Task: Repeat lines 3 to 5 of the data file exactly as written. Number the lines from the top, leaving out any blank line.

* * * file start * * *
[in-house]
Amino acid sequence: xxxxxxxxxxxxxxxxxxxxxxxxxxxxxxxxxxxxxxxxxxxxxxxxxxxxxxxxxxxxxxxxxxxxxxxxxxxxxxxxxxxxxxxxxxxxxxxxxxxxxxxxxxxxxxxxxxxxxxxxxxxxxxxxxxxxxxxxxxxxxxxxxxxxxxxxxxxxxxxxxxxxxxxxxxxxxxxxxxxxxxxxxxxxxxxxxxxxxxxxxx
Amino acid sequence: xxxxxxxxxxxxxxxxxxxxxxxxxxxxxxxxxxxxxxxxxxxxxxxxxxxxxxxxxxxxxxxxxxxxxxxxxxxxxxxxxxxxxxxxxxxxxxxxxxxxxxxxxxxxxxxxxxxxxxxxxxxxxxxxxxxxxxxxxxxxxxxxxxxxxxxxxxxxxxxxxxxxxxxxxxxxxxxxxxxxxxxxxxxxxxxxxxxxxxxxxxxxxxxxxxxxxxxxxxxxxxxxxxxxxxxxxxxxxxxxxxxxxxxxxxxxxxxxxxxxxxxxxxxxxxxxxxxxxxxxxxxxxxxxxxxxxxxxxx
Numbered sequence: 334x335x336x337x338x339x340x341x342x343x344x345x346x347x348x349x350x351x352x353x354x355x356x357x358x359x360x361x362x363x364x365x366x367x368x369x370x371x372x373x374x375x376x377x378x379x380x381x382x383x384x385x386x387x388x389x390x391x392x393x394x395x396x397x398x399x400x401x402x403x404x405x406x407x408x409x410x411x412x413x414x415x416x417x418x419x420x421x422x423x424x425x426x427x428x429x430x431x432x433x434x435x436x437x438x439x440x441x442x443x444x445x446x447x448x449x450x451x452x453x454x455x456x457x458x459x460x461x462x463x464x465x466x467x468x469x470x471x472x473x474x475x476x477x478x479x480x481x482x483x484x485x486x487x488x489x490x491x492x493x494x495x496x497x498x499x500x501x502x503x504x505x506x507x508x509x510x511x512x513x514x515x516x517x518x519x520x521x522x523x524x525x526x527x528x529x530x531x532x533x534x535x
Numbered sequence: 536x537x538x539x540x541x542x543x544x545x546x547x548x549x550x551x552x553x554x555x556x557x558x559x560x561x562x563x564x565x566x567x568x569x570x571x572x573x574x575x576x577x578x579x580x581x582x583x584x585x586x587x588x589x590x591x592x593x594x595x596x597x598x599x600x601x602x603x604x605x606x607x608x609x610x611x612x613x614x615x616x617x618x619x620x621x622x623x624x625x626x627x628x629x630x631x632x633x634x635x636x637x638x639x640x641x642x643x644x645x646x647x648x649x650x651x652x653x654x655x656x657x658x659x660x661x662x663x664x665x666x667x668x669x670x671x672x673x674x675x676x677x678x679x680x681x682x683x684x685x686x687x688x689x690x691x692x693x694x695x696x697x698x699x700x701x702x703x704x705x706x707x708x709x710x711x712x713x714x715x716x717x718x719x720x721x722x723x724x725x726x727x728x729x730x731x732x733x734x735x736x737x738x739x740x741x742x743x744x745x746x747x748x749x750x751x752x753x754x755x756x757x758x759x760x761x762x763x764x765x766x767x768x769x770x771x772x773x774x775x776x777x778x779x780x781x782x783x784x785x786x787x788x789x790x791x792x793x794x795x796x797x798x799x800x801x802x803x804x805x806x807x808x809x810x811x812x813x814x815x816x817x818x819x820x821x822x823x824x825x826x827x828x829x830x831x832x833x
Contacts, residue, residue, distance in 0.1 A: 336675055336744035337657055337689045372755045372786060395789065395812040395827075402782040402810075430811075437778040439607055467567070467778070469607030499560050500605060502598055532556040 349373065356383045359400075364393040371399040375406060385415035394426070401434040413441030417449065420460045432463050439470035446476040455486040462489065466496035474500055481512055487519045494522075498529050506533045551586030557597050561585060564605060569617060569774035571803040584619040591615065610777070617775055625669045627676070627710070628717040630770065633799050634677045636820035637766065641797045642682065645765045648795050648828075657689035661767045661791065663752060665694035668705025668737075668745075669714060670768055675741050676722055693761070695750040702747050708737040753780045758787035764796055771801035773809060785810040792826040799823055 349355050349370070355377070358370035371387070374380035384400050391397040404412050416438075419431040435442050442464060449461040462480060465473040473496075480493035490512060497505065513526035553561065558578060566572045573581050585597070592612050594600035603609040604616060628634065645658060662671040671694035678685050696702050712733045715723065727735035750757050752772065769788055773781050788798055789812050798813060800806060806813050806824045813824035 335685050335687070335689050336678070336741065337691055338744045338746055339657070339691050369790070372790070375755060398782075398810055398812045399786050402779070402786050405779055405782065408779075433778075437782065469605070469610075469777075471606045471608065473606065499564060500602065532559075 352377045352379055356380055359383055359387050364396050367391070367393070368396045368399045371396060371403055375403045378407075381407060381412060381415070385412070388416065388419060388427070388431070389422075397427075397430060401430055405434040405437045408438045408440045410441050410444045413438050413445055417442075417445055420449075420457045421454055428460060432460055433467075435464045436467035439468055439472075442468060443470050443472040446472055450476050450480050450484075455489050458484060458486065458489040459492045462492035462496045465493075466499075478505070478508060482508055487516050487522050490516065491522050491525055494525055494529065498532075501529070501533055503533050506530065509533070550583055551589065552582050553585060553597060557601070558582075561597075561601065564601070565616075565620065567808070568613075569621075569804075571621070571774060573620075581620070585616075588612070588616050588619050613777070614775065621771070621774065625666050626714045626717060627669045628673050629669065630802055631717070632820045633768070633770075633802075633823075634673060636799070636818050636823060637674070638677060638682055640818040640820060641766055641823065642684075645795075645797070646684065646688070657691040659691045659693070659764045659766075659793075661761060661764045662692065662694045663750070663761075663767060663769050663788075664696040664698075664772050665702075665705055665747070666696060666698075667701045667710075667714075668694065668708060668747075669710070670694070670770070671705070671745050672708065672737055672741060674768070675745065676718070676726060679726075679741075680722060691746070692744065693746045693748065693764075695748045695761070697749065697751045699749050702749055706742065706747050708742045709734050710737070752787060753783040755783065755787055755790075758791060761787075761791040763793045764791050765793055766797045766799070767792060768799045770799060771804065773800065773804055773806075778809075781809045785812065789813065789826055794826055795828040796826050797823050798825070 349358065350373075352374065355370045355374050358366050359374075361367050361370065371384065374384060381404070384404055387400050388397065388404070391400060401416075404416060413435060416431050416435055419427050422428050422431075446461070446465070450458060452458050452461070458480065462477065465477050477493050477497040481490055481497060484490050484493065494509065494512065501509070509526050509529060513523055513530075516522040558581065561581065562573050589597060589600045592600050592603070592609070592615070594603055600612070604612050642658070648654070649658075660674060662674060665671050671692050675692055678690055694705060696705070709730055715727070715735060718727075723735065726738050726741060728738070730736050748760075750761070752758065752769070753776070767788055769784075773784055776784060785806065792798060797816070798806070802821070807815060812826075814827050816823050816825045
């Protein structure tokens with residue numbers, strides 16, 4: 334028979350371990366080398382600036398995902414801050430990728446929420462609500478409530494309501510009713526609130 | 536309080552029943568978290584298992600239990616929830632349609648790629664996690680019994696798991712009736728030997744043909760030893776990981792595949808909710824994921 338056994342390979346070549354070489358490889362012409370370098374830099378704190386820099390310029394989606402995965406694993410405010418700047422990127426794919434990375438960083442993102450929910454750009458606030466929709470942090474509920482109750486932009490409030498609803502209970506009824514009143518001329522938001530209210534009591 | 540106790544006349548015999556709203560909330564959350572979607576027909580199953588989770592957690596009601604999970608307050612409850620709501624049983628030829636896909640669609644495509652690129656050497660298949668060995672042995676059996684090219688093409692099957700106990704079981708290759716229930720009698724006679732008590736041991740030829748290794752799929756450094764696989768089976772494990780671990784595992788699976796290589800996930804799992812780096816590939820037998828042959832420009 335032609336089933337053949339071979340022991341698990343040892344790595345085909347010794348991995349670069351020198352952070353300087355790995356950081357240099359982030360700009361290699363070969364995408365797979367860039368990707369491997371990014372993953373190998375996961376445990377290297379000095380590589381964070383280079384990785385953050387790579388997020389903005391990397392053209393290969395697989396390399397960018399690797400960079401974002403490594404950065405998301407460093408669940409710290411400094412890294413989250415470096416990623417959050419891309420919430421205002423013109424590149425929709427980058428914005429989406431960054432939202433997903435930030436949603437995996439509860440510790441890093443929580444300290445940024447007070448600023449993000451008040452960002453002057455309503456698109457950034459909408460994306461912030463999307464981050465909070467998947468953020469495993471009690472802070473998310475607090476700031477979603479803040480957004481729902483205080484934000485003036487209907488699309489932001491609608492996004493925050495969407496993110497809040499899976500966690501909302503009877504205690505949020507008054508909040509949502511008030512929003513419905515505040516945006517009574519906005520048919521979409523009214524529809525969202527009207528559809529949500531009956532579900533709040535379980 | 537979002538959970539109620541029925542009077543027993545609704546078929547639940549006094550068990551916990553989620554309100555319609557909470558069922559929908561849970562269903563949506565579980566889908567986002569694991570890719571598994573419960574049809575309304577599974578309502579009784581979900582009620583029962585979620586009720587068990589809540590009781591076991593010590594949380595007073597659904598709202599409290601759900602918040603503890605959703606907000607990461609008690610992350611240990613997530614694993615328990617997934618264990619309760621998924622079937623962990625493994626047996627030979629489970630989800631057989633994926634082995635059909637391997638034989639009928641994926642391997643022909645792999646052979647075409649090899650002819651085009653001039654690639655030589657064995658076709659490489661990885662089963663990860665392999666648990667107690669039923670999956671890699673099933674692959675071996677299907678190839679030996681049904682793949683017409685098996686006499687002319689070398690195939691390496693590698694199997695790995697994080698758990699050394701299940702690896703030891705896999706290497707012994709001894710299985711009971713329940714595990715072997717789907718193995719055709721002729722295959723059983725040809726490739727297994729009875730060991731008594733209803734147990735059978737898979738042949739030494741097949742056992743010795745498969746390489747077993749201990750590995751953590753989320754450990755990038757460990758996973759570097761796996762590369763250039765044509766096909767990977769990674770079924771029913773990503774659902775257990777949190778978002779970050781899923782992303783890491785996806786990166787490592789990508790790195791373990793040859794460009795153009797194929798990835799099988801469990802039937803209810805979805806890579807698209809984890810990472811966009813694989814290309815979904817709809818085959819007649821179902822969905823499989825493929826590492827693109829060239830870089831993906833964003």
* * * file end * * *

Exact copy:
Amino acid sequence: xxxxxxxxxxxxxxxxxxxxxxxxxxxxxxxxxxxxxxxxxxxxxxxxxxxxxxxxxxxxxxxxxxxxxxxxxxxxxxxxxxxxxxxxxxxxxxxxxxxxxxxxxxxxxxxxxxxxxxxxxxxxxxxxxxxxxxxxxxxxxxxxxxxxxxxxxxxxxxxxxxxxxxxxxxxxxxxxxxxxxxxxxxxxxxxxxxxxxxxxxxxxxxxxxxxxxxxxxxxxxxxxxxxxxxxxxxxxxxxxxxxxxxxxxxxxxxxxxxxxxxxxxxxxxxxxxxxxxxxxxxxxxxxxxxxxxxxxxx
Numbered sequence: 334x335x336x337x338x339x340x341x342x343x344x345x346x347x348x349x350x351x352x353x354x355x356x357x358x359x360x361x362x363x364x365x366x367x368x369x370x371x372x373x374x375x376x377x378x379x380x381x382x383x384x385x386x387x388x389x390x391x392x393x394x395x396x397x398x399x400x401x402x403x404x405x406x407x408x409x410x411x412x413x414x415x416x417x418x419x420x421x422x423x424x425x426x427x428x429x430x431x432x433x434x435x436x437x438x439x440x441x442x443x444x445x446x447x448x449x450x451x452x453x454x455x456x457x458x459x460x461x462x463x464x465x466x467x468x469x470x471x472x473x474x475x476x477x478x479x480x481x482x483x484x485x486x487x488x489x490x491x492x493x494x495x496x497x498x499x500x501x502x503x504x505x506x507x508x509x510x511x512x513x514x515x516x517x518x519x520x521x522x523x524x525x526x527x528x529x530x531x532x533x534x535x
Numbered sequence: 536x537x538x539x540x541x542x543x544x545x546x547x548x549x550x551x552x553x554x555x556x557x558x559x560x561x562x563x564x565x566x567x568x569x570x571x572x573x574x575x576x577x578x579x580x581x582x583x584x585x586x587x588x589x590x591x592x593x594x595x596x597x598x599x600x601x602x603x604x605x606x607x608x609x610x611x612x613x614x615x616x617x618x619x620x621x622x623x624x625x626x627x628x629x630x631x632x633x634x635x636x637x638x639x640x641x642x643x644x645x646x647x648x649x650x651x652x653x654x655x656x657x658x659x660x661x662x663x664x665x666x667x668x669x670x671x672x673x674x675x676x677x678x679x680x681x682x683x684x685x686x687x688x689x690x691x692x693x694x695x696x697x698x699x700x701x702x703x704x705x706x707x708x709x710x711x712x713x714x715x716x717x718x719x720x721x722x723x724x725x726x727x728x729x730x731x732x733x734x735x736x737x738x739x740x741x742x743x744x745x746x747x748x749x750x751x752x753x754x755x756x757x758x759x760x761x762x763x764x765x766x767x768x769x770x771x772x773x774x775x776x777x778x779x780x781x782x783x784x785x786x787x788x789x790x791x792x793x794x795x796x797x798x799x800x801x802x803x804x805x806x807x808x809x810x811x812x813x814x815x816x817x818x819x820x821x822x823x824x825x826x827x828x829x830x831x832x833x